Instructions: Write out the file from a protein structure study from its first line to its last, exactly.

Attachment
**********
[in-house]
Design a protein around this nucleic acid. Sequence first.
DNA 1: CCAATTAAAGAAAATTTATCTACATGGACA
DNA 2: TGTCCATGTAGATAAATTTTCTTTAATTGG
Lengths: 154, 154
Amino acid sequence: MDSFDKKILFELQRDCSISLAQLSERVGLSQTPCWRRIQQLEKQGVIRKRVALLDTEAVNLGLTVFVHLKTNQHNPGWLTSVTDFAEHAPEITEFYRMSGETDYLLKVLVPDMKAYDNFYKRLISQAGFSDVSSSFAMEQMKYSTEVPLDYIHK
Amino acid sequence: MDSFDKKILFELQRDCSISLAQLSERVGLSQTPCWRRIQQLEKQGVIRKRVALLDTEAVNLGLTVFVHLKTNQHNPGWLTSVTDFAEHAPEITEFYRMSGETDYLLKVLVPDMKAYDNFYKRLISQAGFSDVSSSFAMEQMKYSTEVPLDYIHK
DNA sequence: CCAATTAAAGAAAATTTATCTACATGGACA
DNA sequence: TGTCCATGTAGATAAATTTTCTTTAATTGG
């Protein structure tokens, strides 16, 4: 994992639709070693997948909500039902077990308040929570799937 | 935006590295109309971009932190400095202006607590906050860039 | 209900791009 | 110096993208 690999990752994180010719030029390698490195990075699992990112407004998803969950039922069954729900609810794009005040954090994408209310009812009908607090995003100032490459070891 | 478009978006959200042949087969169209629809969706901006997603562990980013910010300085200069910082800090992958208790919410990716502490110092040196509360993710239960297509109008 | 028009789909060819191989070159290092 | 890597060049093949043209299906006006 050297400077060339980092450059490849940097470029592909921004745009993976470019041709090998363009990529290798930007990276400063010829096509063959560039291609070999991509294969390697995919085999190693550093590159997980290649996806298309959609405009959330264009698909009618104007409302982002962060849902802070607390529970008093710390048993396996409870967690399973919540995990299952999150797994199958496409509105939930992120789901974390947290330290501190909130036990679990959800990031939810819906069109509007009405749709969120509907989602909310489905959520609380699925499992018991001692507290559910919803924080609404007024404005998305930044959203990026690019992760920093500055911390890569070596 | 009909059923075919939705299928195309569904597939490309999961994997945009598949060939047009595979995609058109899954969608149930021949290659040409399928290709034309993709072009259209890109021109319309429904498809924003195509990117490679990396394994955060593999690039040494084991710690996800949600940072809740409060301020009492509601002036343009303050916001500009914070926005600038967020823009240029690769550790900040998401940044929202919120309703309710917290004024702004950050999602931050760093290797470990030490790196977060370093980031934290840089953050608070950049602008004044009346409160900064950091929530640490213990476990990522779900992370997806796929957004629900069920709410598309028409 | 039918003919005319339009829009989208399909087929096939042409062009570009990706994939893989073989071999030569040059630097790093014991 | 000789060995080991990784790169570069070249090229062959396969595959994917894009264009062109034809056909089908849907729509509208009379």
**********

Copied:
[in-house]
Design a protein around this nucleic acid. Sequence first.
DNA 1: CCAATTAAAGAAAATTTATCTACATGGACA
DNA 2: TGTCCATGTAGATAAATTTTCTTTAATTGG
Lengths: 154, 154
Amino acid sequence: MDSFDKKILFELQRDCSISLAQLSERVGLSQTPCWRRIQQLEKQGVIRKRVALLDTEAVNLGLTVFVHLKTNQHNPGWLTSVTDFAEHAPEITEFYRMSGETDYLLKVLVPDMKAYDNFYKRLISQAGFSDVSSSFAMEQMKYSTEVPLDYIHK
Amino acid sequence: MDSFDKKILFELQRDCSISLAQLSERVGLSQTPCWRRIQQLEKQGVIRKRVALLDTEAVNLGLTVFVHLKTNQHNPGWLTSVTDFAEHAPEITEFYRMSGETDYLLKVLVPDMKAYDNFYKRLISQAGFSDVSSSFAMEQMKYSTEVPLDYIHK
DNA sequence: CCAATTAAAGAAAATTTATCTACATGGACA
DNA sequence: TGTCCATGTAGATAAATTTTCTTTAATTGG
């Protein structure tokens, strides 16, 4: 994992639709070693997948909500039902077990308040929570799937 | 935006590295109309971009932190400095202006607590906050860039 | 209900791009 | 110096993208 690999990752994180010719030029390698490195990075699992990112407004998803969950039922069954729900609810794009005040954090994408209310009812009908607090995003100032490459070891 | 478009978006959200042949087969169209629809969706901006997603562990980013910010300085200069910082800090992958208790919410990716502490110092040196509360993710239960297509109008 | 028009789909060819191989070159290092 | 890597060049093949043209299906006006 050297400077060339980092450059490849940097470029592909921004745009993976470019041709090998363009990529290798930007990276400063010829096509063959560039291609070999991509294969390697995919085999190693550093590159997980290649996806298309959609405009959330264009698909009618104007409302982002962060849902802070607390529970008093710390048993396996409870967690399973919540995990299952999150797994199958496409509105939930992120789901974390947290330290501190909130036990679990959800990031939810819906069109509007009405749709969120509907989602909310489905959520609380699925499992018991001692507290559910919803924080609404007024404005998305930044959203990026690019992760920093500055911390890569070596 | 009909059923075919939705299928195309569904597939490309999961994997945009598949060939047009595979995609058109899954969608149930021949290659040409399928290709034309993709072009259209890109021109319309429904498809924003195509990117490679990396394994955060593999690039040494084991710690996800949600940072809740409060301020009492509601002036343009303050916001500009914070926005600038967020823009240029690769550790900040998401940044929202919120309703309710917290004024702004950050999602931050760093290797470990030490790196977060370093980031934290840089953050608070950049602008004044009346409160900064950091929530640490213990476990990522779900992370997806796929957004629900069920709410598309028409 | 039918003919005319339009829009989208399909087929096939042409062009570009990706994939893989073989071999030569040059630097790093014991 | 000789060995080991990784790169570069070249090229062959396969595959994917894009264009062109034809056909089908849907729509509208009379």